Questions of bias in Medtronic-funded analysis of sterility in spine study

John Fauber of the Milwaukee Journal Sentinel, in collaboration with MedPage Today, reports another in his series of reports on conflicts of interest in health care research. It begins:

“Since 2002, the medical device company Medtronic and a group of doctors with financial ties to the company were aware that its new biological agent used in back surgery was linked to a serious complication: sterility in men.

But that information was not revealed in published manuscripts written by those doctors, a group that included orthopedic surgeons who would receive millions of dollars in various royalties from the company.

Now…independent researchers at Stanford University conducted a retrospective review of outcomes of patients treated at Stanford and published the findings today in The Spine Journal. The Stanford team found that in their patients use of recombinant human bone morphogenetic protein-2, or BMP-2 — marketed as Infuse by Medtronic — was associated with a measurable rate of retrograde ejaculation, a condition that causes sterility.”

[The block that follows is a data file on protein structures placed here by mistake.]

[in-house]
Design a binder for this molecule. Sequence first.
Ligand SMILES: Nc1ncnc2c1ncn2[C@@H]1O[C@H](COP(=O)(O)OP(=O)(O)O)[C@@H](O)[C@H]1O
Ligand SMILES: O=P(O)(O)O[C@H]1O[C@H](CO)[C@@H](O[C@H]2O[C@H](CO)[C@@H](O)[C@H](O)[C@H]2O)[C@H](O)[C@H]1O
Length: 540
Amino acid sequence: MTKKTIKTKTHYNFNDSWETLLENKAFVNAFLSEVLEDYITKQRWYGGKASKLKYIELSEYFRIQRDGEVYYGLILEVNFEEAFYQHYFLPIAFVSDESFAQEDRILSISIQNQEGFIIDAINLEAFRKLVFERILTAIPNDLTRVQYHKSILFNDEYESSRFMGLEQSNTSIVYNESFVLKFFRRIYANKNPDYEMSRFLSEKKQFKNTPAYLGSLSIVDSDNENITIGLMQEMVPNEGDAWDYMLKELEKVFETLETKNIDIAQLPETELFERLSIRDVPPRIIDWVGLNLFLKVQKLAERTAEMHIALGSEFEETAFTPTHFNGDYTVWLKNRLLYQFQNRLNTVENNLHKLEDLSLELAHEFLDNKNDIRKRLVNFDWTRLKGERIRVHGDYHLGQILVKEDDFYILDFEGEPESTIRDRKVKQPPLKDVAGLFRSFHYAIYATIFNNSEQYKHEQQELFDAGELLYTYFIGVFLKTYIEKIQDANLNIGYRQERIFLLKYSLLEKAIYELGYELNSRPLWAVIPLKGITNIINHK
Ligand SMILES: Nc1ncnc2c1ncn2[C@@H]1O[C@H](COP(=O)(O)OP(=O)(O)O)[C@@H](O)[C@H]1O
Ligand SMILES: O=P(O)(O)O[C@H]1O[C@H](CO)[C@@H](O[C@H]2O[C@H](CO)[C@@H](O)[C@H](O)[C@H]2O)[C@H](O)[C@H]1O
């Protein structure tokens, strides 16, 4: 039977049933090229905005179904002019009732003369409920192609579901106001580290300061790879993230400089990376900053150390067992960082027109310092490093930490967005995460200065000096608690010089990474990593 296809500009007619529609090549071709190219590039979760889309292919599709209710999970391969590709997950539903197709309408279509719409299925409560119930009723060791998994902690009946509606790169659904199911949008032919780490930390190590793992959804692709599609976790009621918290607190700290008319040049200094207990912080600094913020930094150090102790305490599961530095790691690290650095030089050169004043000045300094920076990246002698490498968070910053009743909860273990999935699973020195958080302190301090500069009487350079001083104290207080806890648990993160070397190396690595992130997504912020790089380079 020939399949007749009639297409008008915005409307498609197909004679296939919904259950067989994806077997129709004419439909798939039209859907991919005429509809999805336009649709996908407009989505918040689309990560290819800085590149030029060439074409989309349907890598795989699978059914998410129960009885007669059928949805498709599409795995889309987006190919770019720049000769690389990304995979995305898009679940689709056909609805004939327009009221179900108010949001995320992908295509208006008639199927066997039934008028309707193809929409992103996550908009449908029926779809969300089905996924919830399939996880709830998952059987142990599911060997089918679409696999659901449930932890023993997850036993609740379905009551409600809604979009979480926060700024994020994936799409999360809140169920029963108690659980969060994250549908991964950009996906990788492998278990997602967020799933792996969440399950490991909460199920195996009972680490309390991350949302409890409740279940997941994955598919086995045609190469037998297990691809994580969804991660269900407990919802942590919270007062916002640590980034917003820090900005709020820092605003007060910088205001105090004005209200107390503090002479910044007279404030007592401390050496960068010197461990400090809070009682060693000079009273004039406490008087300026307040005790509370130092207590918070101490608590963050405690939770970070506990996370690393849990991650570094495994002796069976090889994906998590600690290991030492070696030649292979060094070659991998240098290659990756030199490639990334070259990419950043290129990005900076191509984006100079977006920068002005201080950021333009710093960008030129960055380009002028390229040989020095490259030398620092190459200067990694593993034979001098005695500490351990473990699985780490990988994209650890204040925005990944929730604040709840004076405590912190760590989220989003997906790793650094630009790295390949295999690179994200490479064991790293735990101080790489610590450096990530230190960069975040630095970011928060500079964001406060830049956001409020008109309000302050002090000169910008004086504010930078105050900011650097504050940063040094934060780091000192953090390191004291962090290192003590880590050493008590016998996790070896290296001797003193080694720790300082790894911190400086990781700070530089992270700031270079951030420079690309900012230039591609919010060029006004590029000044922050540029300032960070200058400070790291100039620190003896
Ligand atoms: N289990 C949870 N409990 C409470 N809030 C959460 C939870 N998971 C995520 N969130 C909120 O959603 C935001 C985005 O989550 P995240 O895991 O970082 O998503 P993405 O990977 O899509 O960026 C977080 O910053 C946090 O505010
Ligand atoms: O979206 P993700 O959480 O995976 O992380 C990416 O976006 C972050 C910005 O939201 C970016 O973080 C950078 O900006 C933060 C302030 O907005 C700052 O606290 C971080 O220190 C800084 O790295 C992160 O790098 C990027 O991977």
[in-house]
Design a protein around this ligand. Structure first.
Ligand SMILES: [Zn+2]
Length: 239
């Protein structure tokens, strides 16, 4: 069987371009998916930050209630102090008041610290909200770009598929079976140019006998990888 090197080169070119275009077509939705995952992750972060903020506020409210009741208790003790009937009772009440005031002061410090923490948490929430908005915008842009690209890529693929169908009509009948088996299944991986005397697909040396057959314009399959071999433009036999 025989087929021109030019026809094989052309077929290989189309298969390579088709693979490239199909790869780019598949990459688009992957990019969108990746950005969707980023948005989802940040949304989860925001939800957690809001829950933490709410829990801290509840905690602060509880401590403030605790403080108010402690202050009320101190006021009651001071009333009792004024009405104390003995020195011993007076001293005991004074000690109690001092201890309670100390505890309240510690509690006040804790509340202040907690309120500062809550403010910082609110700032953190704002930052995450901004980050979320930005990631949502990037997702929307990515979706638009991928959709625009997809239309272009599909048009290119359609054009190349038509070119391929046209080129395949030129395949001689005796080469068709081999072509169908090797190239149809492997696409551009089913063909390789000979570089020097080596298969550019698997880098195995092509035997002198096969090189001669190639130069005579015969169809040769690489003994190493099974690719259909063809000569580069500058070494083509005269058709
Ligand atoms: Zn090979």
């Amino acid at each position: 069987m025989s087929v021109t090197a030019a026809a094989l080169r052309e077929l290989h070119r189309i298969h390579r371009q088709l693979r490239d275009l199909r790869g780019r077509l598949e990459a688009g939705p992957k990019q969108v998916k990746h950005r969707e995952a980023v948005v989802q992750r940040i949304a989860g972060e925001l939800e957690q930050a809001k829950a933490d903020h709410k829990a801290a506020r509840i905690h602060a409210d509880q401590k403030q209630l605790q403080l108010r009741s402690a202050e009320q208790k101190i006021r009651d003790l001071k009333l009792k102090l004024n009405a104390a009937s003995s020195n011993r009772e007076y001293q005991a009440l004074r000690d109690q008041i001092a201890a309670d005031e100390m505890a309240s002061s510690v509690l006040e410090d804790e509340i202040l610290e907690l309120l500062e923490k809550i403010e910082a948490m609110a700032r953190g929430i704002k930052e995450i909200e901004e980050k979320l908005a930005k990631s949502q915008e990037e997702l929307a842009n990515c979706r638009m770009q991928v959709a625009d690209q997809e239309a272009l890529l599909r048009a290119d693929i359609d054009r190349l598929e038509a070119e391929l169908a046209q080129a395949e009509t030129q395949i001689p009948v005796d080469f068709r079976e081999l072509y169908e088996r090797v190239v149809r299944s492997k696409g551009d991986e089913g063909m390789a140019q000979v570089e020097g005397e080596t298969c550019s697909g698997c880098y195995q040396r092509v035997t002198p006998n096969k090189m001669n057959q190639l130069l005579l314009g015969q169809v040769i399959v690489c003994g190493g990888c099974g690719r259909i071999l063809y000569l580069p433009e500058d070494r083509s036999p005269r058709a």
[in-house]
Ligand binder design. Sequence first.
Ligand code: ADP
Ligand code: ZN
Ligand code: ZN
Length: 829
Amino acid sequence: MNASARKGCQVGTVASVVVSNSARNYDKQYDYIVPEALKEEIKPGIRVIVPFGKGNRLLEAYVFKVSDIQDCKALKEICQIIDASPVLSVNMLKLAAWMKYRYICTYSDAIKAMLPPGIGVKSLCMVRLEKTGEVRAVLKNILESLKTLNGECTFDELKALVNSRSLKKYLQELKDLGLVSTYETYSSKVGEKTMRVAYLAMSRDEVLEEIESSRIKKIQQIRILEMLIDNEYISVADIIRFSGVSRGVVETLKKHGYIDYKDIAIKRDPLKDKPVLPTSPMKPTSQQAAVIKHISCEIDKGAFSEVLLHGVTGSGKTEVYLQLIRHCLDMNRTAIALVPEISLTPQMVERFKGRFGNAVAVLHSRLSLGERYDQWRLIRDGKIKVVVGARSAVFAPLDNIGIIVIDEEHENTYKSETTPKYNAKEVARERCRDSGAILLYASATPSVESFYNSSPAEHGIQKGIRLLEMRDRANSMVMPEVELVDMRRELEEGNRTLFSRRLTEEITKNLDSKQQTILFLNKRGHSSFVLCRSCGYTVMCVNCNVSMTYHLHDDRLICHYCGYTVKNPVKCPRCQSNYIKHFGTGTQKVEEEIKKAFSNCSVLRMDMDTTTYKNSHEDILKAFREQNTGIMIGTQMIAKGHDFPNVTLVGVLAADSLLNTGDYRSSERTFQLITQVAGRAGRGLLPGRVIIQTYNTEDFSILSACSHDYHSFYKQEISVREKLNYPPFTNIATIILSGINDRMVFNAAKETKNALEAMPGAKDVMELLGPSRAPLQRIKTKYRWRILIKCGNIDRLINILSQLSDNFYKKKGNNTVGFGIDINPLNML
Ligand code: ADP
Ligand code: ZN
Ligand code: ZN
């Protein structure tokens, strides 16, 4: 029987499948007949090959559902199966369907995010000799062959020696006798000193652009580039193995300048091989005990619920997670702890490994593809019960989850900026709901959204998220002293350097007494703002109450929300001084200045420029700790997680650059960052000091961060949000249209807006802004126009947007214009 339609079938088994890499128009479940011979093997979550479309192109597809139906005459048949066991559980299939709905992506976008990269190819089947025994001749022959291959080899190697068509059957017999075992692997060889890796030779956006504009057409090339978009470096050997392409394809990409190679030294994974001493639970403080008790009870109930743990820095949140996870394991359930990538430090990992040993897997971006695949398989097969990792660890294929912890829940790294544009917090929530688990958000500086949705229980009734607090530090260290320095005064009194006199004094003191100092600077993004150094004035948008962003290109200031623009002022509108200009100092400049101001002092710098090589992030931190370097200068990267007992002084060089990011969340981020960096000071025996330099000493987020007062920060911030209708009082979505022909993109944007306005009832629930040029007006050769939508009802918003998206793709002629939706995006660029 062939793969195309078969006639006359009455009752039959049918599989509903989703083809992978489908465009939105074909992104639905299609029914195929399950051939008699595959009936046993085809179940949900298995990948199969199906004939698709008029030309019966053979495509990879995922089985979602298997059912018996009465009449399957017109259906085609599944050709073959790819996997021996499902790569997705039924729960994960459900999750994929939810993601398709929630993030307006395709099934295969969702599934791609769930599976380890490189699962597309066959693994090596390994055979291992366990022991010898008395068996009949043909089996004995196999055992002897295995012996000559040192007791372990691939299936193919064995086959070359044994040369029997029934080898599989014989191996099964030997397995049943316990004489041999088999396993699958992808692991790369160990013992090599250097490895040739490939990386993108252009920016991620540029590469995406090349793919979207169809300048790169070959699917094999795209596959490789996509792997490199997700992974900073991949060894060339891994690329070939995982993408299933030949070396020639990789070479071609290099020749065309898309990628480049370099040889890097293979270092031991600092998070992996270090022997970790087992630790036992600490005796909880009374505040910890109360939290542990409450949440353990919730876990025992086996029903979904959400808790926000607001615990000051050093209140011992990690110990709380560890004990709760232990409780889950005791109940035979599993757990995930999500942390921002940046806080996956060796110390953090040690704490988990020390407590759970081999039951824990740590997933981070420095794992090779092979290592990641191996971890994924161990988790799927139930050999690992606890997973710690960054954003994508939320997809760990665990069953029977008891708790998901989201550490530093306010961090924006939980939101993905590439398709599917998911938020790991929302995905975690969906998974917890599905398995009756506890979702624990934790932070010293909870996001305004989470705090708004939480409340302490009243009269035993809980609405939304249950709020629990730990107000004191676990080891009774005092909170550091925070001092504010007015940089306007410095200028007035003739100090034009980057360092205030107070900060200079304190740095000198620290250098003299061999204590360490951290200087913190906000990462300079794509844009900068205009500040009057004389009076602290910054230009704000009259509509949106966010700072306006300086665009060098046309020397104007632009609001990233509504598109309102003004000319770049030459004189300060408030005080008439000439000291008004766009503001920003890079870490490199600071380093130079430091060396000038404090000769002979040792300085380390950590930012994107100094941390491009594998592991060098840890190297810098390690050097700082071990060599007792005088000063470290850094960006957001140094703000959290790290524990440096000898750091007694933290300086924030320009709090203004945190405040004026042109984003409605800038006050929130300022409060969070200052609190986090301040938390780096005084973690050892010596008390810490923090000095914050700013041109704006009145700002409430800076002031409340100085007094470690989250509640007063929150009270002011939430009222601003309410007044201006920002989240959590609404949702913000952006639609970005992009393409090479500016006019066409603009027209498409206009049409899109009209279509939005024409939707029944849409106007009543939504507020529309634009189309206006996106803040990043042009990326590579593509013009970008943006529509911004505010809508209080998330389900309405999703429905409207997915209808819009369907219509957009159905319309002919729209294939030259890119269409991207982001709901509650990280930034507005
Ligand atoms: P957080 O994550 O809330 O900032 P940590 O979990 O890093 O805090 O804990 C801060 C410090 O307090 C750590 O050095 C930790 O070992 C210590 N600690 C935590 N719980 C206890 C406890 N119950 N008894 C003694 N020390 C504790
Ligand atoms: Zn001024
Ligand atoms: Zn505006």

And it concludes with comments from James Kang, MD, an orthopedic surgeon at the University of Pittsburgh School of Medicine, who wrote a commentary in The Spine Journal.

“Kang also questioned how two groups of researchers — the Medtronic-funded surgeons and the Stanford surgeons – could find similar rates of retrograde ejaculation in their (Infuse biologic agent) patients yet come to completely different conclusions.

He said the only rational explanation is that the Stanford researchers had no commercial conflicts of interest and the Infuse studies were corporate sponsored.

In an era of public scrutiny of surgeons’ conflicts of interest, “We must come to the hard realization that data analysis and interpretation in such studies can be biased in favor of funding sources,” Kang wrote. “After all, it is against our nature to publish a negative result or an adverse event that condemns a product that is being studied if we are being funded by the sponsors of the product.”

You can also see the story on the Milwaukee Journal-Sentinel website, complete with a document gallery in the left column.

It’s a 2,400 word story not counting the sidebars, added atop an already impressive body of work by Fauber on conflicts of interest.

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